TOO MANY RHYMES,
NOT ENOUGH BRAINS
Reading Thomas Cleveland Lane’s delightful book, Too Many Rhymes, Not
Enough Brains, is like eating a box of
chocolates. Each page holds a poem with a different texture and flavor,
all of them coated with a rich blend of unbridled joy and verbal
Poetry is one of the most difficult writing styles; it requires in-born
talent, and Mr. Lane definitely has his share. The range of subjects he
tackles with ease and enthusiasm is impressive and truly remarkable.
Adults and children alike will smile or laugh at many of the 100-plus
verses in this captivating collection. In Lima Beans, for example, Mr.
Lane writes: “Weeds and flowers, I don’t mind. To most flora, I am
kind. I’m ok with a rose or daisy, but lima beans will make me crazy.”
Equally clever and often thought-provoking lines popped up in Mandolin
Picks; Ready for Freddy; Mum’s the Verbiage; A Day in the Life of the
Planet; Tinkerbelle at 87, and Mother Duck.
Thomas Cleveland Lane’s highly original book, Too May Rhymes, Not
Enough Brains, is full of humor, and beautifully
written. Reaching the last page is as sad as finding the last chocolate
in the box.
~ Irene Woodbury, Author
A Greater Truth is this Book
of Beautiful Verse!
Too Many Rhymes, Not Enough
Brains by Thomas Cleveland Lane is a
beautifully written book of verse. I suspected this would be the case
after I read the author's introduction wherein he intones that much of
what he's written is doggerel verse. But this is not true. Humorous,
and even sarcastic in places, may be a fair portion of poems in his
book, but having no literary value (as defined by doggerel) is simply
not true. His humility is rife. But personally speaking, I highly value
anything that makes me laugh, makes me feel good and makes me smile.
For these poems are written
with style, panache and great cleverness. A fair amount of his poems
contain double rhymes and clever, unusual rhymes – what you would
expect from an Edgar Allan Poe and Oscar Wilde, along with the clever
metaphors and double entendres you learned to expect from the likes of
Ogden Nash and Dylan Thomas. Only Lane's poetry, by and large, is not
dark and dreary, nor tragic and maudlin. Not even at the end of Part
One (the book is divided into two major sections) with A.A.’s Dark Side
–is there a side to this tome that is dark or Poe dreary.
If anything, the book as a whole is illuminating, occasionally with a
little cynical bite; but more incisively with thought-provoking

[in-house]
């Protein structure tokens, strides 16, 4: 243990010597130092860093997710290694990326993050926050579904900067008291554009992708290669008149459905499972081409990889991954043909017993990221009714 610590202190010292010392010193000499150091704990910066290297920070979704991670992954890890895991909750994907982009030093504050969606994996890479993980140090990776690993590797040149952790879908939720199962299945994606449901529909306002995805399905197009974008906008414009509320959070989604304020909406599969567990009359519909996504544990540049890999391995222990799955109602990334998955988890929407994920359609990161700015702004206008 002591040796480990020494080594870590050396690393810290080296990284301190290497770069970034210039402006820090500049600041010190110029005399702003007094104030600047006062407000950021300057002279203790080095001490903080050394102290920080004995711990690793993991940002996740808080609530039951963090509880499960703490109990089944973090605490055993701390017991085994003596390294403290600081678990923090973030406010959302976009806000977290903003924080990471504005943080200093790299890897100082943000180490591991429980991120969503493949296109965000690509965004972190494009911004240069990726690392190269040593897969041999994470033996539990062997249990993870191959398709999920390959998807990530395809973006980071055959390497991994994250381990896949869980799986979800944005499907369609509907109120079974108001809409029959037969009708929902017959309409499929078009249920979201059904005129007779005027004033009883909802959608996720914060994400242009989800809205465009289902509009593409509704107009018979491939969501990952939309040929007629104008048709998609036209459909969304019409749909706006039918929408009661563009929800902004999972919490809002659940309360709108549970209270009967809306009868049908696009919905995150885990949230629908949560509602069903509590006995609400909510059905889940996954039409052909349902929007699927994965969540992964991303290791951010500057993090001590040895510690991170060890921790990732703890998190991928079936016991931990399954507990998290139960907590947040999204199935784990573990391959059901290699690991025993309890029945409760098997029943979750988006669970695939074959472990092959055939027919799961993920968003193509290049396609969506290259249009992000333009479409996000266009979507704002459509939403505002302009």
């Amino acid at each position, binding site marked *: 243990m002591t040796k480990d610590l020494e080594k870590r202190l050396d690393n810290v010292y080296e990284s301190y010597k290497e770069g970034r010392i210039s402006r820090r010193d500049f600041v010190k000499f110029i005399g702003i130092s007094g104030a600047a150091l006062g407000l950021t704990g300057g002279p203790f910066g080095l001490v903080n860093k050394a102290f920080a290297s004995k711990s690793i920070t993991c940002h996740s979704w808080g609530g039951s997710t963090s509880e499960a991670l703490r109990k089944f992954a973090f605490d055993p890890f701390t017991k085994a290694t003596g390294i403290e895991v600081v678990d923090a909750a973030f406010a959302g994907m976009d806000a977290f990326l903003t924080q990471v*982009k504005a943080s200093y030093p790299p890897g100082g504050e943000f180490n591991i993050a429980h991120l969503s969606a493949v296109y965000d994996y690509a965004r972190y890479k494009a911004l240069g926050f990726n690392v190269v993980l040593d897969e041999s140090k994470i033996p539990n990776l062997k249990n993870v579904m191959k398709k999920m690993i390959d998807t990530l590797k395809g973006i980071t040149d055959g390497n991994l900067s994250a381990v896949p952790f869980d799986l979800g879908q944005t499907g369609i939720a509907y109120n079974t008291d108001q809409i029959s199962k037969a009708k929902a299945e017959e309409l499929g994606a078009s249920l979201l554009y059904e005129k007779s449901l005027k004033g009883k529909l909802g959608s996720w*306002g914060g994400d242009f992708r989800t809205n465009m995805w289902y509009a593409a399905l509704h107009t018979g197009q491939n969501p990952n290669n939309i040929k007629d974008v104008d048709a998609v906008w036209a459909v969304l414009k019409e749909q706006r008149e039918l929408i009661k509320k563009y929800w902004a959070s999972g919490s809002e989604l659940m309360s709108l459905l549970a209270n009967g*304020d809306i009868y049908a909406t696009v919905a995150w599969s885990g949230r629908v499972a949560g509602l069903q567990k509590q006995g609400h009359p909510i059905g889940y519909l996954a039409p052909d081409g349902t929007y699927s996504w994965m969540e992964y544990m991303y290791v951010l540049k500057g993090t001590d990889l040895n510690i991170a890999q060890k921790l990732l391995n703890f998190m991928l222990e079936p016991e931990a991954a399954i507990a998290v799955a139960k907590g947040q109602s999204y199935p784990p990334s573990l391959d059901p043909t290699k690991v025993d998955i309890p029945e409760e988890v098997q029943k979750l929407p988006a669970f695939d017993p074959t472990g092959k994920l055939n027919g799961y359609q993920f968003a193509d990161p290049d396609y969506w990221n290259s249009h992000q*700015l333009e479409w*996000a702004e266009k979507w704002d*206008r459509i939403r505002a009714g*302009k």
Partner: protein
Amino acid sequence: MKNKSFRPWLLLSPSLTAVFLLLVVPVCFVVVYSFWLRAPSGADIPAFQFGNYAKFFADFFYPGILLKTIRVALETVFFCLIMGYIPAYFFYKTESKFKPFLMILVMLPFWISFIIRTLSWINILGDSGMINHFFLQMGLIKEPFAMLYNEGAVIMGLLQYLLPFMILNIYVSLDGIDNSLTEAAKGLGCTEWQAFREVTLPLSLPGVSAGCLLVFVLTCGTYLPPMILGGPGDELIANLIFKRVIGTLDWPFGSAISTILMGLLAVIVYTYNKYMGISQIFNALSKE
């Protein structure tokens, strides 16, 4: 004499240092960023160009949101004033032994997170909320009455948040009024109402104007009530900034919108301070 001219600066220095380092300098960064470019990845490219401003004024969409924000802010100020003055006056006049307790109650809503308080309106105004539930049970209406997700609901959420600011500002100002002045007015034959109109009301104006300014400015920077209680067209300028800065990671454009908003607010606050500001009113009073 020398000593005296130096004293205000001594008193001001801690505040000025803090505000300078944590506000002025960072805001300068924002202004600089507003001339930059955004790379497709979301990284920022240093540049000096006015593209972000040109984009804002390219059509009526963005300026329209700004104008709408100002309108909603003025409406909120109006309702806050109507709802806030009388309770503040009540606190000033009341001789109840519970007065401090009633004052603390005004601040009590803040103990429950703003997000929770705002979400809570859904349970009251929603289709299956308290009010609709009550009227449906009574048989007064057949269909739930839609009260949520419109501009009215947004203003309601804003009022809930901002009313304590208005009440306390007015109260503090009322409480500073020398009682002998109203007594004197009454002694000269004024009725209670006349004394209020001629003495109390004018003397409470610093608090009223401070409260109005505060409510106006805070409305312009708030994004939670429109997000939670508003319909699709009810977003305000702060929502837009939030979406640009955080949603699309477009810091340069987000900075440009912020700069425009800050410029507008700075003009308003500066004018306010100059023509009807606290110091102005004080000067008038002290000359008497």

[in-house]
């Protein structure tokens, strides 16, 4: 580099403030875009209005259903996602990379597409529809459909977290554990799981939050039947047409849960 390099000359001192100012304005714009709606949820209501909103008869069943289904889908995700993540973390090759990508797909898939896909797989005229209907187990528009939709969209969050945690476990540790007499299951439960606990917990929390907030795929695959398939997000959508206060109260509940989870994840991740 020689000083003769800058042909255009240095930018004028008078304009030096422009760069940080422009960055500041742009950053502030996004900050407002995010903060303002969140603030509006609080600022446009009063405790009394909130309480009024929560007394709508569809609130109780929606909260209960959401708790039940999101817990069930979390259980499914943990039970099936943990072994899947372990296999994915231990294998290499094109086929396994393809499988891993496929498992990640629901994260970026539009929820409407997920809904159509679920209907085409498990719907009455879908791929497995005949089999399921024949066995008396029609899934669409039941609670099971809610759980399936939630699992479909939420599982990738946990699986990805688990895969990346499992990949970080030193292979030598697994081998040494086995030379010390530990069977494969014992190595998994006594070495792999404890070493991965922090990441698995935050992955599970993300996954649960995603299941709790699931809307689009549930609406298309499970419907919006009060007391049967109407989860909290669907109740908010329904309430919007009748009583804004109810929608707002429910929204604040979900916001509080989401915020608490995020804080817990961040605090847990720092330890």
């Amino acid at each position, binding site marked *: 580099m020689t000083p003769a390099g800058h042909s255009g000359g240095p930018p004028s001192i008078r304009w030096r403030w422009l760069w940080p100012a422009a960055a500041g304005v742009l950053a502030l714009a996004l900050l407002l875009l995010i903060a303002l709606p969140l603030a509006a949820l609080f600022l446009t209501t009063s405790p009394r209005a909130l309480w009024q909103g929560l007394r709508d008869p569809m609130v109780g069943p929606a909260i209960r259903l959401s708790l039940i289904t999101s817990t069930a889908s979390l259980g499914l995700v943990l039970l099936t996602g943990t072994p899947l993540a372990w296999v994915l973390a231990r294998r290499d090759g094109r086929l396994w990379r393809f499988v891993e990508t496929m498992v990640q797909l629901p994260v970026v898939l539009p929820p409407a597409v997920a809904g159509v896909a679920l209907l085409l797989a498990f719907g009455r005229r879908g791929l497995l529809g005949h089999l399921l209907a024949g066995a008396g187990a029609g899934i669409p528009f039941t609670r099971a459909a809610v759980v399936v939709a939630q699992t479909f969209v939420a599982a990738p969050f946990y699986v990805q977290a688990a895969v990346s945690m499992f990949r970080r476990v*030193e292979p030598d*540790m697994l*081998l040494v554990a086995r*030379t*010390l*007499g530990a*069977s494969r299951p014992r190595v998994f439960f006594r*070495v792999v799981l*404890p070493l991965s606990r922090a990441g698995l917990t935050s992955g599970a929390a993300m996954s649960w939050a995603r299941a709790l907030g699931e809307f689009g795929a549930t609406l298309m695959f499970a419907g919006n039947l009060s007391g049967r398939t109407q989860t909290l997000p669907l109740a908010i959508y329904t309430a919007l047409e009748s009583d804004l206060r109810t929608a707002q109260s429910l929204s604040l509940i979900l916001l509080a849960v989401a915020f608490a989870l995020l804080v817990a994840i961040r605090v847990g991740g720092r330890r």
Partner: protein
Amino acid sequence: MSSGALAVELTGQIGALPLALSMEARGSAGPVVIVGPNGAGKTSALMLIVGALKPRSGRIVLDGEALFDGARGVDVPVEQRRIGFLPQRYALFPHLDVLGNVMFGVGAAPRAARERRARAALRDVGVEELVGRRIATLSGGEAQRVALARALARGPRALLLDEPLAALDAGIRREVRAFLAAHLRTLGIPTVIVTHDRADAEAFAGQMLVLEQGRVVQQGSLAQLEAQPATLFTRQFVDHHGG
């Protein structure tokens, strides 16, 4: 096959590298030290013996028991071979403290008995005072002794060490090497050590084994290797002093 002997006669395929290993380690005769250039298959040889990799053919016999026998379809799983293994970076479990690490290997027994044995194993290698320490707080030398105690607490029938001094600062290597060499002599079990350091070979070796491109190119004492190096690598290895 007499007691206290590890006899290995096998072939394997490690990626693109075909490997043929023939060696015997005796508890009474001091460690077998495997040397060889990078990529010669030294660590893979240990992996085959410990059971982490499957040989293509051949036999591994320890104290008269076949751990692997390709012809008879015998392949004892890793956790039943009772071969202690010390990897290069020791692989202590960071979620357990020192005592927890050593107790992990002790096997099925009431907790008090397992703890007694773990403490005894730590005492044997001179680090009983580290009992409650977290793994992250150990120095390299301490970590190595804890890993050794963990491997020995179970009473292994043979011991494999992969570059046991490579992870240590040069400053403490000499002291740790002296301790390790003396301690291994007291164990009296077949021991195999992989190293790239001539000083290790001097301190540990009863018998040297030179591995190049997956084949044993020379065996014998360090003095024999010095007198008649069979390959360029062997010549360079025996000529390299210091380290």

allusions (literary, commercial and historical) than anything cutting
or raw. Lane gets you thinking about the meaning of things you never
ever thought to think about. Sometimes like a child, especially with
his fables seemingly only for children in Part Two. But what we learn
from Lane shows us what we can learn from children is learnable through
his verses in "Too Many Rhymes, Not Enough Brains". Actually, at least
to me, there aren't too many rhymes; and there is a lot of brains in
this book. Just a lot of it is subtle and metaphoric. And sometimes
childish, but in a good and fun childish way. Again, very clever and in
an "I really got to think about this" kind of way.
Are there flaws? Who cares!
No one writes perfection. And damn few write excellence, and that's my
point here: Lane has written literary excellence, and with an
originality that should remind every critic that the whole is always
more important than its parts. Every poem has a punchline - an impact
worth remembering and an end worth repeating. Like in the poem Shopping
List for Another Day: Little bears that look like gummies/A book:
Shoplifting for Dummies. And Ellen Magellan’s Lucky Day: She turned and
gave me quite a glare/Is this, she asked, going anywhere?
These poems are two cleverly
spun to be nonsensical. Enjoyable examples of this are Lane’s two Jump
Rope Shantys, A Tall Tale Indeed (an amazing, short, rhyming
prose-poem), Meet + Greet at the All-U-Can-Eat, A Game of Jacks, Your
Next Destination and his three shipments of Coming Soon to a Zoo Near
You. And especially his fables in the second half. I was particularly
impressed by the title poem Too Many Rhymes, Not Enough Brains:
Boola, boola, send us moolah, do
not fool around,
An Ivy booster, name of Brewster, yelled to hear the sound.
And though the story’s very pliable,
It’s clear that the poet is certifiable.
There's a lot of
music here. Poetry that rolls off the tongue that not only rhymes, but
chimes. There's structure here, too, and perhaps a central theme with a
sense that it's all right to have fun, even in an intellectual and
linguistic-poetic kind of way. But don't take fun too seriously. There
are meanings to life deeper than pleasure and enjoyment. One of them is
appreciating the simple beauty of cleverly-spun words and
well-structured poems. Which reminds me of a greater truth: Poetry
needs to make a comeback. Thomas Cleveland Lane and his delightful opus
Many Rhymes, Not Enough Brains, ought to help make it
~ by Patrick P. Stafford, Poet
warned! Thomas Cleveland Lane is out to fool you. In his
delightful and totally engaging series of poems, Too Many
Rhymes, Not Enough
Brains, he would have you believe that he has dashed off a
mere doggerel – good doggeral, but doggeral just the same. Balderdash,
might say. Don't fall for it, even for a second.
all good poetry nudges our perspective and shifts our
take on the world, then Lane's poetry ranks as very fine poetry indeed.
wit, humor, and playful intelligence, from his rhymes to his remarkable
in verse, he serves up poems of keen insight and commentary. Further,
creative attention to poetic styles and devices far belies any labeling
poems as doggeral. And for just sheer fun, "Mother Duck" and
"What Little I Know About Amphibian Finance" are a must read.
Lane's deft hand, poems masquerading as nonsense make
~ Russell Fee, Author